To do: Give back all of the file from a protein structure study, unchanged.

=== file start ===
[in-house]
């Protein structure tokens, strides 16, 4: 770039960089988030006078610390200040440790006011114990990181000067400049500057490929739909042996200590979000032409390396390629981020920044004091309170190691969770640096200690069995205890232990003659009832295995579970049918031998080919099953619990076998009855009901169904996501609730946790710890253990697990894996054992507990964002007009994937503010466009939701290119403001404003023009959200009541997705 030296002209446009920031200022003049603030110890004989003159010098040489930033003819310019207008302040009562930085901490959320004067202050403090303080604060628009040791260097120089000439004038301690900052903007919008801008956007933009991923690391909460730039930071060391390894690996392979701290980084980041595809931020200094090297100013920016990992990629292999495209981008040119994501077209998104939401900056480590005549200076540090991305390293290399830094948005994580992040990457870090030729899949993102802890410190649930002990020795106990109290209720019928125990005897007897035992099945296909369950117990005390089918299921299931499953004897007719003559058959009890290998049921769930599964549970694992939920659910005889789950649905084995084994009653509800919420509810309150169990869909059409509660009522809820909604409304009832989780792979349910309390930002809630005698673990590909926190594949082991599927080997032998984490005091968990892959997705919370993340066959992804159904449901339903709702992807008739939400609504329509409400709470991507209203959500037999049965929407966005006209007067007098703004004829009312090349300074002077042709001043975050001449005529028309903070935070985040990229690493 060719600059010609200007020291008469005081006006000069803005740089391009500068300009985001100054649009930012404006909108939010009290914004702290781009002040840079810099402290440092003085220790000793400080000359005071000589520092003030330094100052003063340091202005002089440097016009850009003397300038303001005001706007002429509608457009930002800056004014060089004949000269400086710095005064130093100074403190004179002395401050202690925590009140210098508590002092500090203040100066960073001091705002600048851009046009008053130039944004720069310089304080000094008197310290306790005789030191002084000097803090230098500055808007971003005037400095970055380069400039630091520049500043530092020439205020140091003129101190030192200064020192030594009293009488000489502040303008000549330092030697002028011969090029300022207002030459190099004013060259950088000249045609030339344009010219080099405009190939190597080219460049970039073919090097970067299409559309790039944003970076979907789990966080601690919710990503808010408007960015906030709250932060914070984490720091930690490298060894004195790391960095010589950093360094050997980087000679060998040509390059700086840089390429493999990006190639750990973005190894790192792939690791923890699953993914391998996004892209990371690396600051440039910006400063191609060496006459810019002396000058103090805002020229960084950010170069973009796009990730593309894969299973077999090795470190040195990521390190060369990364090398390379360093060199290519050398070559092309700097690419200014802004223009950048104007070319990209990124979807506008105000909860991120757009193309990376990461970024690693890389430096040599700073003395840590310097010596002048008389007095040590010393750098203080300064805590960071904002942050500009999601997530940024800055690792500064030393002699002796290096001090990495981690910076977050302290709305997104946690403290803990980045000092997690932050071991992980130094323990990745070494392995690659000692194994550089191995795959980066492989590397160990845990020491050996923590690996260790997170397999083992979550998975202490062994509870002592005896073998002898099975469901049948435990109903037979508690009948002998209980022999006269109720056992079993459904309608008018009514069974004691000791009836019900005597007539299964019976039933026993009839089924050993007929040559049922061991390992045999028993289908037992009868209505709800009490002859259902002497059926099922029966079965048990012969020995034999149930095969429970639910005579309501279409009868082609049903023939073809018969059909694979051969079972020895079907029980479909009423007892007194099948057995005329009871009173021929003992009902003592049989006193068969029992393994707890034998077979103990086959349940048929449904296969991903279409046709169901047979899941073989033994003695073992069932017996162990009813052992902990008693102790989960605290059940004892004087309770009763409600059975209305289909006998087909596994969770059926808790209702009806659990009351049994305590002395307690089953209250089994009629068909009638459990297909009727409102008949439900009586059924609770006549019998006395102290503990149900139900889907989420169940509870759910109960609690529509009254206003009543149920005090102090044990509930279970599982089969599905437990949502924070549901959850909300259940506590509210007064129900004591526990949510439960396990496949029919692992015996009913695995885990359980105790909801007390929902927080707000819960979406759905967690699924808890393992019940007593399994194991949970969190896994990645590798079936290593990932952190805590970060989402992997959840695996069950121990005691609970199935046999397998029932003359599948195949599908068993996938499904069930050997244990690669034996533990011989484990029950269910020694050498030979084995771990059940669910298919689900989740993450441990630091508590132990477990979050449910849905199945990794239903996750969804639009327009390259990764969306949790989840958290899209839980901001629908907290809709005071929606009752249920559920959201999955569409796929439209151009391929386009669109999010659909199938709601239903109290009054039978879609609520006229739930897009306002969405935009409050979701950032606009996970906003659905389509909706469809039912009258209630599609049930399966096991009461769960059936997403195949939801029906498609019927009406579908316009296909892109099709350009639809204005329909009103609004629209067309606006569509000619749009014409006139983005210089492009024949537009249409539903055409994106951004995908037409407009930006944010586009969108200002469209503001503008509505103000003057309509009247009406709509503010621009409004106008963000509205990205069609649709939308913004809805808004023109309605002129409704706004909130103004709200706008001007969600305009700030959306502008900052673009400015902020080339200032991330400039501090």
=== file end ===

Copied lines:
[in-house]
């Protein structure tokens, strides 16, 4: 770039960089988030006078610390200040440790006011114990990181000067400049500057490929739909042996200590979000032409390396390629981020920044004091309170190691969770640096200690069995205890232990003659009832295995579970049918031998080919099953619990076998009855009901169904996501609730946790710890253990697990894996054992507990964002007009994937503010466009939701290119403001404003023009959200009541997705 030296002209446009920031200022003049603030110890004989003159010098040489930033003819310019207008302040009562930085901490959320004067202050403090303080604060628009040791260097120089000439004038301690900052903007919008801008956007933009991923690391909460730039930071060391390894690996392979701290980084980041595809931020200094090297100013920016990992990629292999495209981008040119994501077209998104939401900056480590005549200076540090991305390293290399830094948005994580992040990457870090030729899949993102802890410190649930002990020795106990109290209720019928125990005897007897035992099945296909369950117990005390089918299921299931499953004897007719003559058959009890290998049921769930599964549970694992939920659910005889789950649905084995084994009653509800919420509810309150169990869909059409509660009522809820909604409304009832989780792979349910309390930002809630005698673990590909926190594949082991599927080997032998984490005091968990892959997705919370993340066959992804159904449901339903709702992807008739939400609504329509409400709470991507209203959500037999049965929407966005006209007067007098703004004829009312090349300074002077042709001043975050001449005529028309903070935070985040990229690493 060719600059010609200007020291008469005081006006000069803005740089391009500068300009985001100054649009930012404006909108939010009290914004702290781009002040840079810099402290440092003085220790000793400080000359005071000589520092003030330094100052003063340091202005002089440097016009850009003397300038303001005001706007002429509608457009930002800056004014060089004949000269400086710095005064130093100074403190004179002395401050202690925590009140210098508590002092500090203040100066960073001091705002600048851009046009008053130039944004720069310089304080000094008197310290306790005789030191002084000097803090230098500055808007971003005037400095970055380069400039630091520049500043530092020439205020140091003129101190030192200064020192030594009293009488000489502040303008000549330092030697002028011969090029300022207002030459190099004013060259950088000249045609030339344009010219080099405009190939190597080219460049970039073919090097970067299409559309790039944003970076979907789990966080601690919710990503808010408007960015906030709250932060914070984490720091930690490298060894004195790391960095010589950093360094050997980087000679060998040509390059700086840089390429493999990006190639750990973005190894790192792939690791923890699953993914391998996004892209990371690396600051440039910006400063191609060496006459810019002396000058103090805002020229960084950010170069973009796009990730593309894969299973077999090795470190040195990521390190060369990364090398390379360093060199290519050398070559092309700097690419200014802004223009950048104007070319990209990124979807506008105000909860991120757009193309990376990461970024690693890389430096040599700073003395840590310097010596002048008389007095040590010393750098203080300064805590960071904002942050500009999601997530940024800055690792500064030393002699002796290096001090990495981690910076977050302290709305997104946690403290803990980045000092997690932050071991992980130094323990990745070494392995690659000692194994550089191995795959980066492989590397160990845990020491050996923590690996260790997170397999083992979550998975202490062994509870002592005896073998002898099975469901049948435990109903037979508690009948002998209980022999006269109720056992079993459904309608008018009514069974004691000791009836019900005597007539299964019976039933026993009839089924050993007929040559049922061991390992045999028993289908037992009868209505709800009490002859259902002497059926099922029966079965048990012969020995034999149930095969429970639910005579309501279409009868082609049903023939073809018969059909694979051969079972020895079907029980479909009423007892007194099948057995005329009871009173021929003992009902003592049989006193068969029992393994707890034998077979103990086959349940048929449904296969991903279409046709169901047979899941073989033994003695073992069932017996162990009813052992902990008693102790989960605290059940004892004087309770009763409600059975209305289909006998087909596994969770059926808790209702009806659990009351049994305590002395307690089953209250089994009629068909009638459990297909009727409102008949439900009586059924609770006549019998006395102290503990149900139900889907989420169940509870759910109960609690529509009254206003009543149920005090102090044990509930279970599982089969599905437990949502924070549901959850909300259940506590509210007064129900004591526990949510439960396990496949029919692992015996009913695995885990359980105790909801007390929902927080707000819960979406759905967690699924808890393992019940007593399994194991949970969190896994990645590798079936290593990932952190805590970060989402992997959840695996069950121990005691609970199935046999397998029932003359599948195949599908068993996938499904069930050997244990690669034996533990011989484990029950269910020694050498030979084995771990059940669910298919689900989740993450441990630091508590132990477990979050449910849905199945990794239903996750969804639009327009390259990764969306949790989840958290899209839980901001629908907290809709005071929606009752249920559920959201999955569409796929439209151009391929386009669109999010659909199938709601239903109290009054039978879609609520006229739930897009306002969405935009409050979701950032606009996970906003659905389509909706469809039912009258209630599609049930399966096991009461769960059936997403195949939801029906498609019927009406579908316009296909892109099709350009639809204005329909009103609004629209067309606006569509000619749009014409006139983005210089492009024949537009249409539903055409994106951004995908037409407009930006944010586009969108200002469209503001503008509505103000003057309509009247009406709509503010621009409004106008963000509205990205069609649709939308913004809805808004023109309605002129409704706004909130103004709200706008001007969600305009700030959306502008900052673009400015902020080339200032991330400039501090």